Patent filings rise as Indian IT cos look to raise their game
In a world of rapid change, patents ensure that an emerging tech is not being walled off by others.
At Wipro, the number of patents filed has jumped to over 2,200 in FY19 from 221 in FY12. For industry leader Tata Consultancy Services, this number has touched 4,596 in FY19 from 1,746 in FY14, with over a thousand being granted already.
“In a world of rapid tech development, patents ensure that Wipro has the ability to deliver solutions in multiple new technologies and that access to new tech is not being walled off by other organisations creating patent rights for themselves,” said Ajay Bhaskar, global head-corporate strategy and IP, Wipro.
“Having patents in emerging tech is definitely a source of competitive advantage especially as we transition to building and using products and platforms on which we compose, design and implement differentiated customer solutions at scale,” he said.
TCS has had a long-standing focus on IP creation, with a research facility dating back to 1981, said chief technology officer Ananth Krishnan. “One approach to this (IP creation) is to let smart people loose and let them innovate, but we take a more systematic approach. We’ve articulated a 3P strategy — patent, product and platform — to translate the innovation to a logical outcome,” he said.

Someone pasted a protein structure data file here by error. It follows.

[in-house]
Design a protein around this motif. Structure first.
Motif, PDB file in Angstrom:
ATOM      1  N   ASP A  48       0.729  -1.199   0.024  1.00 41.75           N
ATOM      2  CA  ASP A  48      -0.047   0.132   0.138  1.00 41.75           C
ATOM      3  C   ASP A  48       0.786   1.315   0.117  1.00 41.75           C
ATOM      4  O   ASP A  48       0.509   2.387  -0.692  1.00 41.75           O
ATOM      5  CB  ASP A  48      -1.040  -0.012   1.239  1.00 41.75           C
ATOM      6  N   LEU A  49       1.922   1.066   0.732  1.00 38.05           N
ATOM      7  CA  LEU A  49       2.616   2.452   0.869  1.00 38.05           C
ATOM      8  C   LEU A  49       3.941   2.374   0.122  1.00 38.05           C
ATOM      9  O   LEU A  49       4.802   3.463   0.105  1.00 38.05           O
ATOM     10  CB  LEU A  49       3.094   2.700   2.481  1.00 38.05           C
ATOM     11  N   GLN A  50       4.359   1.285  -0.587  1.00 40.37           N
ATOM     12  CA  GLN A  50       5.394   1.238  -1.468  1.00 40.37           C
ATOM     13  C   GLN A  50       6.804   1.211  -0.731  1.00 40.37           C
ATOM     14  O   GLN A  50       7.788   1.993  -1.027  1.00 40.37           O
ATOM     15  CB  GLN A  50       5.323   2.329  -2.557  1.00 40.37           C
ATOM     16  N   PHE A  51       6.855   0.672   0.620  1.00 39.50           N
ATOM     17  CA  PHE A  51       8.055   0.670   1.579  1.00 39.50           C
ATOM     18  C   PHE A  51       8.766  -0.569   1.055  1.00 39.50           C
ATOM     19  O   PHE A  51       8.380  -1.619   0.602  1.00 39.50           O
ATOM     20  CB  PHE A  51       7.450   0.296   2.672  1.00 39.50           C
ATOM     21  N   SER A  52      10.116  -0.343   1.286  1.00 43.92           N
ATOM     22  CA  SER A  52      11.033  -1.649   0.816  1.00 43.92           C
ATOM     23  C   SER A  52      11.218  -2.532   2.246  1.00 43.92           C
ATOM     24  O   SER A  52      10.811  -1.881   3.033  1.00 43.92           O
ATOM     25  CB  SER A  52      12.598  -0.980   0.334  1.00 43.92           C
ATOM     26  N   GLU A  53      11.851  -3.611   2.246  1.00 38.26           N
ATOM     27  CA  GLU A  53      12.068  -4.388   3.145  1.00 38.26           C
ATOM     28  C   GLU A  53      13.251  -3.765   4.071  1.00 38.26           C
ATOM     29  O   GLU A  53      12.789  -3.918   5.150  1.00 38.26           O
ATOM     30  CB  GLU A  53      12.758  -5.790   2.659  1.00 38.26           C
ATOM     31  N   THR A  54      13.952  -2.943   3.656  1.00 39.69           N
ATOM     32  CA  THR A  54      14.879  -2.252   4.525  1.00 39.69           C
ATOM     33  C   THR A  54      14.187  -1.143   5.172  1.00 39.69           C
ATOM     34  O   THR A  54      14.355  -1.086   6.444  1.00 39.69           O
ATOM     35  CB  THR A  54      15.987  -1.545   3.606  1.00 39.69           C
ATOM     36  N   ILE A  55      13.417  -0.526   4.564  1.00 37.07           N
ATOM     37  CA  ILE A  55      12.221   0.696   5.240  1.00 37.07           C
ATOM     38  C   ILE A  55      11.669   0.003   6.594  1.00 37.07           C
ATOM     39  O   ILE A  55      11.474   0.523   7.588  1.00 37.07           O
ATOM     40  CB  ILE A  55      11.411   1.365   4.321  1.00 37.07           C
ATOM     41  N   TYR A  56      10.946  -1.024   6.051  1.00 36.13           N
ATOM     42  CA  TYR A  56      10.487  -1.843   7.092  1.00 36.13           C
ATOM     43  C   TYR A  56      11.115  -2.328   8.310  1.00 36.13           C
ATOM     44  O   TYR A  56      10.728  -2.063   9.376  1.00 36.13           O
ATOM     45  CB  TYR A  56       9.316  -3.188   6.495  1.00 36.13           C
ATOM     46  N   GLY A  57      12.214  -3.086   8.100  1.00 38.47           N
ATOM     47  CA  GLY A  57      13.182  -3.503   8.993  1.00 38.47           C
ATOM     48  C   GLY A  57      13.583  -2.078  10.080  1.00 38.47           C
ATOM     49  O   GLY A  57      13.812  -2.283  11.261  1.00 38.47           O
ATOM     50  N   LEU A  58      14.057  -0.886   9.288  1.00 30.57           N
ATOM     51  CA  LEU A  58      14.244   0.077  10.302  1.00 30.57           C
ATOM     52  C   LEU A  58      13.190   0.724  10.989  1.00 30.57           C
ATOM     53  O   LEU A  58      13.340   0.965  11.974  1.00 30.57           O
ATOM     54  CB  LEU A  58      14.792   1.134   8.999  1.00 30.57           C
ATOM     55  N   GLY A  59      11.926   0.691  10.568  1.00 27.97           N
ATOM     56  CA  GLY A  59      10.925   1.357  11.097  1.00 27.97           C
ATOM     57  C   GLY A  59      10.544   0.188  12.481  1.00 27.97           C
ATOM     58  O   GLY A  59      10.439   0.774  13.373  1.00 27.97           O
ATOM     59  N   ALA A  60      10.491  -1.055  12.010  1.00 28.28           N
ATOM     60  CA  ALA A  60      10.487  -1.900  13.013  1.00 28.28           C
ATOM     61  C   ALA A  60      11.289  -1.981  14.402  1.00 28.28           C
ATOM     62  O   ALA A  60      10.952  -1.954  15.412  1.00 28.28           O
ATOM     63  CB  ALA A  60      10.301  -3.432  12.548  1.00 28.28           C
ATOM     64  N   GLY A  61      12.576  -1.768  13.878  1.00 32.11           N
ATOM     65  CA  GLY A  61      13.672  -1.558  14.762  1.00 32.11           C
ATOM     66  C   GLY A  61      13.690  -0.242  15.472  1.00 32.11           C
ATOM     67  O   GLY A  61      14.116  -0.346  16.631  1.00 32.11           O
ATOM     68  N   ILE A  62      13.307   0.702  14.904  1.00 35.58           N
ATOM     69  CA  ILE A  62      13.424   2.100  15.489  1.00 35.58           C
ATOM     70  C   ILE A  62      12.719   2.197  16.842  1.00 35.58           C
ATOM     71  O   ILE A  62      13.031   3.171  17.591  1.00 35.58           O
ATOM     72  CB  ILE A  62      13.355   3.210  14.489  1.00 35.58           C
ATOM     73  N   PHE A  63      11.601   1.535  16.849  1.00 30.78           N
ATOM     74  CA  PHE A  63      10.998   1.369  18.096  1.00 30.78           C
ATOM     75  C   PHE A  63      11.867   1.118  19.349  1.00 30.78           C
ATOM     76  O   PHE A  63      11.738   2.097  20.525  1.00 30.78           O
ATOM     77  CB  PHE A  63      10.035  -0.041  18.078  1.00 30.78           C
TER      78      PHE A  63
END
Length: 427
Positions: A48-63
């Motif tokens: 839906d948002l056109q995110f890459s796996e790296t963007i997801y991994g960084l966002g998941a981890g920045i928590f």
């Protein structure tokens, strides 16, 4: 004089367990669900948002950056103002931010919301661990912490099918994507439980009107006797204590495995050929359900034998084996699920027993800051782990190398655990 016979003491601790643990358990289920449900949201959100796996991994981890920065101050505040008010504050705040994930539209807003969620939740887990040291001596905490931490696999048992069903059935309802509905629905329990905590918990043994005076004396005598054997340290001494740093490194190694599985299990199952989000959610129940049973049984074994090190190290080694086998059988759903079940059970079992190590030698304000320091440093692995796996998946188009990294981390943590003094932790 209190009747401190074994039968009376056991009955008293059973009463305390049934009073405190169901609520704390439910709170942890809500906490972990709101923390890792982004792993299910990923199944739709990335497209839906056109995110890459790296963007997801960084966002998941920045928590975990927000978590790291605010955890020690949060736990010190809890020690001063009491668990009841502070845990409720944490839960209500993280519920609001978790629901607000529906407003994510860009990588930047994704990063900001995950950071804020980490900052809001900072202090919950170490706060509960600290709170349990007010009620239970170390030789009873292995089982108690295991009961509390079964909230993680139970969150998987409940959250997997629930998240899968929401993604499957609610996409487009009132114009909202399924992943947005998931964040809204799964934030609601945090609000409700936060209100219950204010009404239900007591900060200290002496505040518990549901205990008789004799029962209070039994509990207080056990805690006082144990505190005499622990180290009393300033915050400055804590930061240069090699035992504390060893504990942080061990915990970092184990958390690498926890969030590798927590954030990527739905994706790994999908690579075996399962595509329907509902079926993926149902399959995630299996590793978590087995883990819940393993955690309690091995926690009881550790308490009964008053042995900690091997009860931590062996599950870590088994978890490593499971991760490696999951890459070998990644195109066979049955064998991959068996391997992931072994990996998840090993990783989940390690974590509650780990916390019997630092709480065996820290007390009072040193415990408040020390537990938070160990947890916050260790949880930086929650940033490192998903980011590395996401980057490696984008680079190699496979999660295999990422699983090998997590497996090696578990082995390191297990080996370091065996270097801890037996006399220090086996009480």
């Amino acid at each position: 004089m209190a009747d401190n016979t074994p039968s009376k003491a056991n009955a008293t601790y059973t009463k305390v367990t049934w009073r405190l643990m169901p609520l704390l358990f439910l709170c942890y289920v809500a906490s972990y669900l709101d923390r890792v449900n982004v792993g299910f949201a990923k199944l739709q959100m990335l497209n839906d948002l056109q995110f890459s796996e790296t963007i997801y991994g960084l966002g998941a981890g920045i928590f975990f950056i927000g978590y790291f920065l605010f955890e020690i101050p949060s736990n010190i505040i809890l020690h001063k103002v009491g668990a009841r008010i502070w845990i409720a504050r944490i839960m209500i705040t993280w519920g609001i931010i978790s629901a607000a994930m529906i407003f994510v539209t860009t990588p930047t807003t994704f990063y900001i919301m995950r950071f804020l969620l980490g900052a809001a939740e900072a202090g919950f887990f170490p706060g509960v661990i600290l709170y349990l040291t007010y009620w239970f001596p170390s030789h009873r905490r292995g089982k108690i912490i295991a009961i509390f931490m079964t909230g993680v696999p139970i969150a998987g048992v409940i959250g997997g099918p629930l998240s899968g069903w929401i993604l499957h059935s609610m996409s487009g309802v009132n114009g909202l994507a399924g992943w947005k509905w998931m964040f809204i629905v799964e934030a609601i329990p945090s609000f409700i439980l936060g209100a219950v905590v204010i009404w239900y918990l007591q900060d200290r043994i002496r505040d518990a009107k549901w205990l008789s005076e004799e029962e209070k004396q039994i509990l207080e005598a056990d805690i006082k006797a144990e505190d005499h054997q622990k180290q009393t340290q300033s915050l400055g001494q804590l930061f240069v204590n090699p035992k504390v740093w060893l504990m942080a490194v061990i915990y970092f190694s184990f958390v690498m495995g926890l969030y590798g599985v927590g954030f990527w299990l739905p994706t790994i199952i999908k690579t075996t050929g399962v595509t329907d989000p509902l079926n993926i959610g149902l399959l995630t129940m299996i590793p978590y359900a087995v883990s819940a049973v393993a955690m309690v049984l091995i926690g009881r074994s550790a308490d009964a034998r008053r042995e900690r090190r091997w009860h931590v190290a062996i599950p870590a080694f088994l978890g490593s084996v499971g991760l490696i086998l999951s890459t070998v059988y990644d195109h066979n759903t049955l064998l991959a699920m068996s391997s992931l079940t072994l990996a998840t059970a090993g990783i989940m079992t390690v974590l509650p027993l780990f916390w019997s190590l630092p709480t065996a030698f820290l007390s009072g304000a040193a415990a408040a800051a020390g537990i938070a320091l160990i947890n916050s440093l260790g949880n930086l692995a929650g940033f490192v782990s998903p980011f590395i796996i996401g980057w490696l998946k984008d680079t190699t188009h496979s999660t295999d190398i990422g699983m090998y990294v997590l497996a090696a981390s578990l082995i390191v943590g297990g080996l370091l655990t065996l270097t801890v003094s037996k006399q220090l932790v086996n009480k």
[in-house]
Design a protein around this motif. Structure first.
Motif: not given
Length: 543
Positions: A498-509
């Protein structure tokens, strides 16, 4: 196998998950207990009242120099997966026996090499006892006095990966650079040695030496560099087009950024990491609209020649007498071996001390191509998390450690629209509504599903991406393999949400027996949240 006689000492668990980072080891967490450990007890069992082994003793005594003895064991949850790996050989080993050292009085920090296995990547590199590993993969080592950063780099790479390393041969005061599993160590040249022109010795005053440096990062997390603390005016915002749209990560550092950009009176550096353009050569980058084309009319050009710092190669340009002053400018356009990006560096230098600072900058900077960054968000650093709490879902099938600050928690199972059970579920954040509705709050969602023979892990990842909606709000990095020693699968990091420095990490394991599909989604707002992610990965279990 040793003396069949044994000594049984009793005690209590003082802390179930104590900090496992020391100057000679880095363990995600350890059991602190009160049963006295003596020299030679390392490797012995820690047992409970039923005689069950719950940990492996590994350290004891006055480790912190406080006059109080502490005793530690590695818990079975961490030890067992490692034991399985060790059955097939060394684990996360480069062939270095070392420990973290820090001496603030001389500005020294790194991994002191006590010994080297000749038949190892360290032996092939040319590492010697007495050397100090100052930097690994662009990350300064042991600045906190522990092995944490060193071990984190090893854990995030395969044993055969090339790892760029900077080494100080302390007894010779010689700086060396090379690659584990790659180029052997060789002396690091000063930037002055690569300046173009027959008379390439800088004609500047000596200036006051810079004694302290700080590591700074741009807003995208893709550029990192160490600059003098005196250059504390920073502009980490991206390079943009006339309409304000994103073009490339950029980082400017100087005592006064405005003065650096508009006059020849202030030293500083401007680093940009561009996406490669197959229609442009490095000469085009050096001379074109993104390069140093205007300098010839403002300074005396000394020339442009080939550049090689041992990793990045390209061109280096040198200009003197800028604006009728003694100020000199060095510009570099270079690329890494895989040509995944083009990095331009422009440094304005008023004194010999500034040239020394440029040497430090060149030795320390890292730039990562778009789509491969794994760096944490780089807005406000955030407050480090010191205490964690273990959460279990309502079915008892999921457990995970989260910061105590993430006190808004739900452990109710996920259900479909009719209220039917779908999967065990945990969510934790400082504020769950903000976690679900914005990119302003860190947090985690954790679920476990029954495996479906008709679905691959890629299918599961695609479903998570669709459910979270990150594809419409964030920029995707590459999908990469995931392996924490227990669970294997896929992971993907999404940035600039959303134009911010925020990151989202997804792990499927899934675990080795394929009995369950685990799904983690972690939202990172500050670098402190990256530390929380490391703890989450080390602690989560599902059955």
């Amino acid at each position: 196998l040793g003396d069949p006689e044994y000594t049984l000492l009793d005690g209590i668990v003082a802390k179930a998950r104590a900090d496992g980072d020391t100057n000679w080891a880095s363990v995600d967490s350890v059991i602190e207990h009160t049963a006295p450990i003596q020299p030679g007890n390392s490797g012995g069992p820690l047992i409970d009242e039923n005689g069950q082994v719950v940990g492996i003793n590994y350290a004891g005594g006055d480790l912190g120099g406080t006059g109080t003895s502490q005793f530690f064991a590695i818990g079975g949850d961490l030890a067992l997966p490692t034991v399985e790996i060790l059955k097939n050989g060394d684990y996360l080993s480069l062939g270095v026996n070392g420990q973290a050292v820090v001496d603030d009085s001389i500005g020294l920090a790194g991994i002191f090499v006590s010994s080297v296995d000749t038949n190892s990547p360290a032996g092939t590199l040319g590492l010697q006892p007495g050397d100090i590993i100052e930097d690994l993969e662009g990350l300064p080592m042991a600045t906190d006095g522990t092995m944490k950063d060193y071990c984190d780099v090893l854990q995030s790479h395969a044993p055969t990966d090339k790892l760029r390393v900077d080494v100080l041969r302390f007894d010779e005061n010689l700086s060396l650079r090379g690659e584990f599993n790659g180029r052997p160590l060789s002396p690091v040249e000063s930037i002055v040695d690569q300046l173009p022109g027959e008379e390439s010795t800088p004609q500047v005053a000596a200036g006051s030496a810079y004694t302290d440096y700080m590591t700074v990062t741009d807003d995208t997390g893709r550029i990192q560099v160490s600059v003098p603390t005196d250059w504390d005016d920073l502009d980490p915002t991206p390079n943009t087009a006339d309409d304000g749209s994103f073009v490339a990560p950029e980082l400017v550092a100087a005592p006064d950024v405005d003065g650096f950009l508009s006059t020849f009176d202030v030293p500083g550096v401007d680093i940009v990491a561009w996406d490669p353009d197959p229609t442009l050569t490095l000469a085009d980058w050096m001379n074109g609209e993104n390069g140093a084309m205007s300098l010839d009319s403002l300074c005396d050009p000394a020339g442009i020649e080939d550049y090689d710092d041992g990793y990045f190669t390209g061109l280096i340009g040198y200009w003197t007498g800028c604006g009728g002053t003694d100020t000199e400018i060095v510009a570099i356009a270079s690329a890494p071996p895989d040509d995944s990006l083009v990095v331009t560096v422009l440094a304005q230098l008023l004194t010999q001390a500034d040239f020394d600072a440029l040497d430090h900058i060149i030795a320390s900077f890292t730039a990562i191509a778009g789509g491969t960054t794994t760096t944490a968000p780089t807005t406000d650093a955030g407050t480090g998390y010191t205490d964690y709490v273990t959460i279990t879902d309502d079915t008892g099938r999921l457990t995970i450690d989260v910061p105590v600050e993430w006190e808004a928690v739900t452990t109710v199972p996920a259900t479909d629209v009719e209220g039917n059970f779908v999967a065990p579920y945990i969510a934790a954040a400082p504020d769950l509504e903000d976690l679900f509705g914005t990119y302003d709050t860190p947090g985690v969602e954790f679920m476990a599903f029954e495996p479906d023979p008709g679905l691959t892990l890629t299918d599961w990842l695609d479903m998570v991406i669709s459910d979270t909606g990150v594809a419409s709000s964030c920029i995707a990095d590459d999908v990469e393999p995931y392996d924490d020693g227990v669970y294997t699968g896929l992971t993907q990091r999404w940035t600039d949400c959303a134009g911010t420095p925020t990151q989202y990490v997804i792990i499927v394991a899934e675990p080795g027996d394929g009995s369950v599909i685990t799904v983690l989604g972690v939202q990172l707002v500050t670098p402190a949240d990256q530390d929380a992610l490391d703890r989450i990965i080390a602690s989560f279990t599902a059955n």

This helps in creating solutions that can then be implemented and monetised, one of the key challenges with patent creation. Even at smaller firms like Zensar, creating IP is a critical part of their new strategic focus on AI. For tech firms, the competitive advantage that can be gained by creating intellectual property simply cannot be ignored.
Nikhil Malhotra, head of Makers Lab, Tech Mahindra said that in addition of being a competitive advantage, creating IP can help drive long term revenues as well as boost employee morale.
“Our IPs... are giving us competitive advantage vis-à-vis competition-...these IPs have research and development done by our teams to find out the white space and create a breakthrough solution which helps not just one but a range of customers,” he said. Global firms have always come to India to get access to the tech talent, but they are now transitioning to a higher state of maturity and value creation. Their local teams have been important contributors to the IP created by them.
In 2018, India labs contributed 800+ patents in the areas of blockchain, artificial intelligence, agri research, service delivery and more, the spokesperson added.
“In some organisations, the number of patents filed from India has gone up significantly in the past few years, owing to a concerted and structured effort,” said Anand Subramaniam, associate director of tech consulting firm Zinnov.